Volume 17, Issue 1, 2017 January-March

Volume 17, No 1 Pages:
2017 January-March Articles: 6

Immortality: The probable future of human evolution

Life and death is a natural phenomenon. Human have longed to be immortals and this is reflected in the beliefs of most, if not all, religions. In this article, brief overview of some of the immortal biological systems, both at the cellular and organismal levels are highlighted. Assumptions of the author on immortality and the probable future of human evolution are also discussed.

Heavy mineral studies of Gondwana sandstones of Eastern Arunachal Himalaya and implications for provenance

A thin linear belt of Permian Lower Gondwana rocks occur in the Eastern Himalayas from Arunachal Pradesh to Sikkim. The Lower Gondwana Group of rocks consists of shale, siltstone, sandstone, carbonaceous shale and coaly matter and is sandwiched between Miri Group and Siwalik Group of rocks. Heavy mineral composition of sandstones is extensively used in the provenance studies as they are the surviving remnants of the rather abundant but unstable mafic components of the source rock. The sandstones of Lower Gondwana Group bear the heavy mineral assemblage of chlorite, biotite, zircon, ilmenite, epidote, garnet, amphibole, chloritoid, brown tourmaline, magnetite, staurolite, rutile, and opaques which is indicative of a provenance of metamorphic rocks with input of igneous rocks. Provenance sensitive mineral index ratios were also calculated to see the variation in the ratio of two or more stable minerals with the same characteristics.

Effect of planting time on the performance of broccoli under Mizoram conditions

Broccoli (Brassica oleracea var. italica), a popular vegetable crop, has one of the most exacting climatic and cultural requirements, which limit its commercial production to a few favored locations. A field experiment was conducted at Mizoram University, Tanhril, Mizoram during winter of 2013/2014 to find out the effect of time of sowing on plant performance and yield of broccoli. Six sowing time was done viz. 17 October (T1), 24 October (T2), 31 October (T3), 7 November (T4), 14 November (T5) and 21 November (T6) with plant spacing of 45cm x 45cm. Yield and yield contributing characters were significantly influenced by the planting time. Highest average weight of marketable curd per plant (199.20 g) was obtained from T2, whereas lowest average weight obtained from T6 (75 g). The influence of planting time also showed significant difference on the calculated yield (tonnes per hectare) of broccoli, in which T2 showed highest marketable yield of 9.83 t/ha.

In vitro effect of tuibur (tobacco brew) on the viability of human blood lymphocytes

The use of tobacco and its products are known to cause many illnesses including cancer. A smokeless tobacco locally manufactured called tuibur (tobacco brew) has been consumed by the Mizos from a very long time. In this experiment we aim to determine the cytotoxicity of tuibur by an in vitro study on tuibur-treated human peripheral blood lymphocytes. We have found that 24 h treatment of human lymphocytes with two grades of commercial tuibur and nicotine showed a concentration dependent decrease in cell viability. We, therefore, concluded that as the in vitro use of tuibur has an adverse effect on cell survival, its consumption might have potential side effects on the health of the users.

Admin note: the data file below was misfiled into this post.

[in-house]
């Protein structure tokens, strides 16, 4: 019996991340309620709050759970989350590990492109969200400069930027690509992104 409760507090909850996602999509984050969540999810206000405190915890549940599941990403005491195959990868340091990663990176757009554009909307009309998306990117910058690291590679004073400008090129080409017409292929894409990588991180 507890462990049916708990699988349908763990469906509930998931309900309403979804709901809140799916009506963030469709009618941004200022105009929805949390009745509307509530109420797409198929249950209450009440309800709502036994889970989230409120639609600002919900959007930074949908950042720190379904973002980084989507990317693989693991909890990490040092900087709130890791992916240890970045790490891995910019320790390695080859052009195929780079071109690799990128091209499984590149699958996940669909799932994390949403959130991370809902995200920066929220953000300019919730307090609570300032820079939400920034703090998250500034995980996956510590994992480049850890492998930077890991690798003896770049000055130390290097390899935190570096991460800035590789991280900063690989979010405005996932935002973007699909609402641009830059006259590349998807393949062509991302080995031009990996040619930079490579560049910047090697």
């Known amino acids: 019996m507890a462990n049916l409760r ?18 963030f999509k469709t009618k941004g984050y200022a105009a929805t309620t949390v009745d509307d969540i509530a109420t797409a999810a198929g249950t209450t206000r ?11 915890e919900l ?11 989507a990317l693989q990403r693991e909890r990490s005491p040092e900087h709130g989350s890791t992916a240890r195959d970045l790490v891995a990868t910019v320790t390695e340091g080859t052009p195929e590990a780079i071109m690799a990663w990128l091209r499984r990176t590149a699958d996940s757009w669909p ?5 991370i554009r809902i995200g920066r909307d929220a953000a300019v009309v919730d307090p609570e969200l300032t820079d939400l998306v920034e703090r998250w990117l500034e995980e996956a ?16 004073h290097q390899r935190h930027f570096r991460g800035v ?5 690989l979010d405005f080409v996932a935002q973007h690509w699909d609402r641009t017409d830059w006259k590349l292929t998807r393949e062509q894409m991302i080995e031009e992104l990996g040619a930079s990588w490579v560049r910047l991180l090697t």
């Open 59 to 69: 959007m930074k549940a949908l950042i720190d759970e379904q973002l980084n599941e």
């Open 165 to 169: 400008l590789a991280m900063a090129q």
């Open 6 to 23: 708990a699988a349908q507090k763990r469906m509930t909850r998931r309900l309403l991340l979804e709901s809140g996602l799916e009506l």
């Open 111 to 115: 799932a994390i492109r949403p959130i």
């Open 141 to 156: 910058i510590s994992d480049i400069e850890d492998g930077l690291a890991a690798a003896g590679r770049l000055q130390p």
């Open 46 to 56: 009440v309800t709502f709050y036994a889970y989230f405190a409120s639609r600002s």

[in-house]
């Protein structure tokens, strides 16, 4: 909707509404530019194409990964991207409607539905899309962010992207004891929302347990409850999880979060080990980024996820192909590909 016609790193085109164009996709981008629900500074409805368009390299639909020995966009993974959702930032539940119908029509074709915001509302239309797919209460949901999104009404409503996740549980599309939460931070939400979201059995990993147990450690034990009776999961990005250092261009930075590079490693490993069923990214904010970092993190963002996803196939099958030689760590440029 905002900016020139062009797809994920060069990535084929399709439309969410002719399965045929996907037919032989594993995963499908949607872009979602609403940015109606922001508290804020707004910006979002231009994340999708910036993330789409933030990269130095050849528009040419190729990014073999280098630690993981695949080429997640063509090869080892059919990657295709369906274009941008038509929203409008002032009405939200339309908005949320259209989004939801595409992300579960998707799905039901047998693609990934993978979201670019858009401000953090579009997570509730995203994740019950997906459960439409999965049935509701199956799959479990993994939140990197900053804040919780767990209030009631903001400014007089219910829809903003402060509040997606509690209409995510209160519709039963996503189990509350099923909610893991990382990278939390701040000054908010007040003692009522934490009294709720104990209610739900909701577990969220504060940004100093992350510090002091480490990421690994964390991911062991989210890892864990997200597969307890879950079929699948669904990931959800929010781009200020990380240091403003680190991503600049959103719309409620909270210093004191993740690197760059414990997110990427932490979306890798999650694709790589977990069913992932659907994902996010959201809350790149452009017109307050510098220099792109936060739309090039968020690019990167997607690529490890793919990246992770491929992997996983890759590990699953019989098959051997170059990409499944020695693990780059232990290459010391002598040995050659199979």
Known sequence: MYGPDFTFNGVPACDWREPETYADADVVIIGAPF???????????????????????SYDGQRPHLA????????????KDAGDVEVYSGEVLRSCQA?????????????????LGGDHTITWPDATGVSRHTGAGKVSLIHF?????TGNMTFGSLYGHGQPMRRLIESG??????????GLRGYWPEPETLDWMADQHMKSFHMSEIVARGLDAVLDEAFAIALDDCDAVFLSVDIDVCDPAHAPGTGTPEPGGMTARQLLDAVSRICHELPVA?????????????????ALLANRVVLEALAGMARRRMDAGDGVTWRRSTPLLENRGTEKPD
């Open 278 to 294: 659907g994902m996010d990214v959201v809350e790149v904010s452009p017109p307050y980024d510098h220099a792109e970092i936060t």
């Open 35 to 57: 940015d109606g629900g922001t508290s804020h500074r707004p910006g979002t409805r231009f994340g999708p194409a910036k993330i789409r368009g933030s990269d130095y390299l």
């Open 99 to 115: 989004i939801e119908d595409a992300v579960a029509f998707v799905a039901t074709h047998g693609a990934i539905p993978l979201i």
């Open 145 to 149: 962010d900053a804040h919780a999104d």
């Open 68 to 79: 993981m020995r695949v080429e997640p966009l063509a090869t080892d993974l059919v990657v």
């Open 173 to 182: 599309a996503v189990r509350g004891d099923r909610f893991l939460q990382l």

Observation on the breeding biology of Polypedates teraiensis (Dubois, 1987) (Amphibia: Rhacophoridae)

The breeding biology of tree frog, Polypedates teraiensis was studied during the breeding season at Mizoram University Campus. It was found that sound production by male during the breeding season was primarily a reproductive function and advertisement calls attract females to the breeding areas and announce other males that a given territory is occupied. The aim of this study was to provide the detailed information on the breeding behaviour and the advertisement calls of Polypedates teraiensis. The morphometric measurements of the amplecting pairs (males and females) for sexual dimorphism along with clutch sizes were also studied.

The making of oncology: The tales of false carcinogenic worms

Cancer is a disease of antiquity. The Ancient Greeks were familiar with onkos (from which we have the term oncology)—tumour of all sorts. Hippocrates coined karkinos and karkinoma, our source of the words cancer and carcinoma. Of a plethora of carcinogens, parasitic worms (helminths) constitute a considerable health concern. Three trematodes, Clonorchis sinensis, Opisthorchis viverrini, and Schistosoma haematobium are now officially classified carcinogens. But the discovery of helminths as cancer-causing agents took wrong turns and marks an inglorious chapter in the history of science. The carcinogenicity of worms, vindicating Rudolf Virchow’s reiztheorie (irritation theory) of cancer origin, was glorified in the scientific forefront by Johannes Fibiger in the 1910s. Discovery of a new nematode, which he proudly named Spiroptera carcinoma, and his subsequent demonstration that the parasite could induce stomach cancer in rats, earned Fibiger a retrospective Nobel Prize in Physiology or Medicine in 1926, and a lasting fame. But not in an appealing way. His achievement did not withstand the test of time. S. carcinoma was annulled as an invalid taxon in zoology—supplanted by Gongylonema neoplasticum—and eventually was branded as a non-carcinogenic agent.